Despite being manufactured in America, the Burlington Watch Company noted two Swiss features of the “Burlington Special” in their c.1911 catalog:
“Two Swiss Features. Two Swiss features are used in the Burlington Special. While Swiss watches as a rule are much inferior to those of American manufacture, and compare in no way in accuracy, the two points in which the Americans have yet to compete with the Swiss are in mainspring and hairspring. A certain well-known family in Switzerland has a secret process which it has handed down from father to son for centuries. Although watch springs are made now in almost all parts of the world, no one has ever been able to equal these Swiss springs. The strain is almost absolutely constant, no matter whether the watch is fully wound or is nearly run down. Perhaps you have noticed a variation in time-keeping in the ordinary watch when you have changed the time when you wound it up each day. The Swiss springs used in the Burlington watch do not crystallize with usage, and breakage is very rare. These springs will run a watch from thirty-two to thirty-six hours. So, instead of claiming to be able to make a mainspring or hairspring as the Swiss, we frankly admit that these highest grade springs are imported. We come right out and admit that in our watch is used a certain small product from the Swiss market, which is better in a foreign made than any manufacturing of the best American make, even though Swiss watches complete are inferior.”c.1911 Burlington Watch Company Catalog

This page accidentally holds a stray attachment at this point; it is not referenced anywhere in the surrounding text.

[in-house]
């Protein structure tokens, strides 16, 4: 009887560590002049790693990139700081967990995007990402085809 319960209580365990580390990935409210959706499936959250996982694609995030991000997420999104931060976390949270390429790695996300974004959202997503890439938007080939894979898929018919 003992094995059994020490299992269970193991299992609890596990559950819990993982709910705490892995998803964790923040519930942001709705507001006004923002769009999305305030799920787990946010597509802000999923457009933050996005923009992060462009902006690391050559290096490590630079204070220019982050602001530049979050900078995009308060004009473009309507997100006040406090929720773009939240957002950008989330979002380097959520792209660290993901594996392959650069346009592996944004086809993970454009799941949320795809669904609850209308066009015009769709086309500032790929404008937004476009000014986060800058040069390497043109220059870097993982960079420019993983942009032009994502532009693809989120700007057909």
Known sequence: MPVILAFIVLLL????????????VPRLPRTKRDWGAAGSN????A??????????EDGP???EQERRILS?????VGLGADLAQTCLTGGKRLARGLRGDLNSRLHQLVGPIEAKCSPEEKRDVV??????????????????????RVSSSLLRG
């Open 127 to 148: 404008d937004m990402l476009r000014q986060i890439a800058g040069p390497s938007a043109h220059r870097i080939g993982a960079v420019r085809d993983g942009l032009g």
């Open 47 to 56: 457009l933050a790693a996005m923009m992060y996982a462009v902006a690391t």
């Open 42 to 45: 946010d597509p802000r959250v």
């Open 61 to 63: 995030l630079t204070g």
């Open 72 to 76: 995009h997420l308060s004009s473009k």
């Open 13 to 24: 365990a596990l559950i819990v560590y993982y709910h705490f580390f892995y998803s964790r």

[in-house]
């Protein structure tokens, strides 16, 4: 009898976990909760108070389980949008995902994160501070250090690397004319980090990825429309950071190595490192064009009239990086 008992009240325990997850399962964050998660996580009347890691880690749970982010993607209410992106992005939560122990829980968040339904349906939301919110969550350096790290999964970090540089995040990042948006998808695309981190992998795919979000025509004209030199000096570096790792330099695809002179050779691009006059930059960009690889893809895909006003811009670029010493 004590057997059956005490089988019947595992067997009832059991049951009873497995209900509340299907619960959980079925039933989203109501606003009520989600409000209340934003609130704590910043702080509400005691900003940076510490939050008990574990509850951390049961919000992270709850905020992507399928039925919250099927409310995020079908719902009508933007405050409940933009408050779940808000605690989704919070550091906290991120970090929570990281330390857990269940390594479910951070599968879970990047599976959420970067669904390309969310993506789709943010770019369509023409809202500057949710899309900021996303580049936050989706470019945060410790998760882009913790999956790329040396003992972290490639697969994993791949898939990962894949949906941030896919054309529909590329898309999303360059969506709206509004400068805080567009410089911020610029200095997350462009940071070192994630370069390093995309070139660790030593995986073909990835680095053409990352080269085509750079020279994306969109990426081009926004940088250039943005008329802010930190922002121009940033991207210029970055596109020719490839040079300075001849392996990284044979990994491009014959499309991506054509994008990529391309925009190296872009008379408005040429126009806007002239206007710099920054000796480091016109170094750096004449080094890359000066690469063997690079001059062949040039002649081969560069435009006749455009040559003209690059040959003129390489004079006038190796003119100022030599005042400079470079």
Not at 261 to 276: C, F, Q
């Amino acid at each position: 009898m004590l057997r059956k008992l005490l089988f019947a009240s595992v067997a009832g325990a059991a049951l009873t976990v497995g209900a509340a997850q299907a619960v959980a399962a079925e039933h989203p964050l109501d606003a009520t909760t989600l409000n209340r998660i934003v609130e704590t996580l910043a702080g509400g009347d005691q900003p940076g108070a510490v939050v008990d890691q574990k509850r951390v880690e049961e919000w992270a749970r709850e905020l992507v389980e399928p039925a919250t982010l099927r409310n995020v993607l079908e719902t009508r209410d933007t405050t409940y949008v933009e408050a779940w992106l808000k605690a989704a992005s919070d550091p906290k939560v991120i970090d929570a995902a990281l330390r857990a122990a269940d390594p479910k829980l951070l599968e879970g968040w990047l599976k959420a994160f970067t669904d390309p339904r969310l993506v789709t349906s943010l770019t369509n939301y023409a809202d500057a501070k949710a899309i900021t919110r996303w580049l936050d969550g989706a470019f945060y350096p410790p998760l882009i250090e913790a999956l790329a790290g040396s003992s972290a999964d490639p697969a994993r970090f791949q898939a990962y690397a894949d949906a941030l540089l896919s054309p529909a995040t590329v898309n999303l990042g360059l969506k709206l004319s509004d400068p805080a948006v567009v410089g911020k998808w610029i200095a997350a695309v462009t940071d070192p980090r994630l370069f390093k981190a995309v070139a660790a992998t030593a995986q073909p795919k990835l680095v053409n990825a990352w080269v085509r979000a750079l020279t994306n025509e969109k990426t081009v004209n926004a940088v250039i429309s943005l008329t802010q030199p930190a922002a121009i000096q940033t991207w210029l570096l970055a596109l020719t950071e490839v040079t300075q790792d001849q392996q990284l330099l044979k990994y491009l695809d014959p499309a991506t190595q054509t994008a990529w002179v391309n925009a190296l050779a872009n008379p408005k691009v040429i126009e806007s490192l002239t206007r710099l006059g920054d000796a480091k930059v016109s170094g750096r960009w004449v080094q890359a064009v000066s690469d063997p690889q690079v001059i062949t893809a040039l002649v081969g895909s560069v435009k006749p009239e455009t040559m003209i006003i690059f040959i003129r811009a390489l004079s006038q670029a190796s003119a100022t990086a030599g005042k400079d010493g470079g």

Even though the Burlington Watch Company claimed that “Swiss watches complete are inferior,” the company proceeded to offer watches in the Canadian market made by Swiss manufacturer Henry Moser a few years later.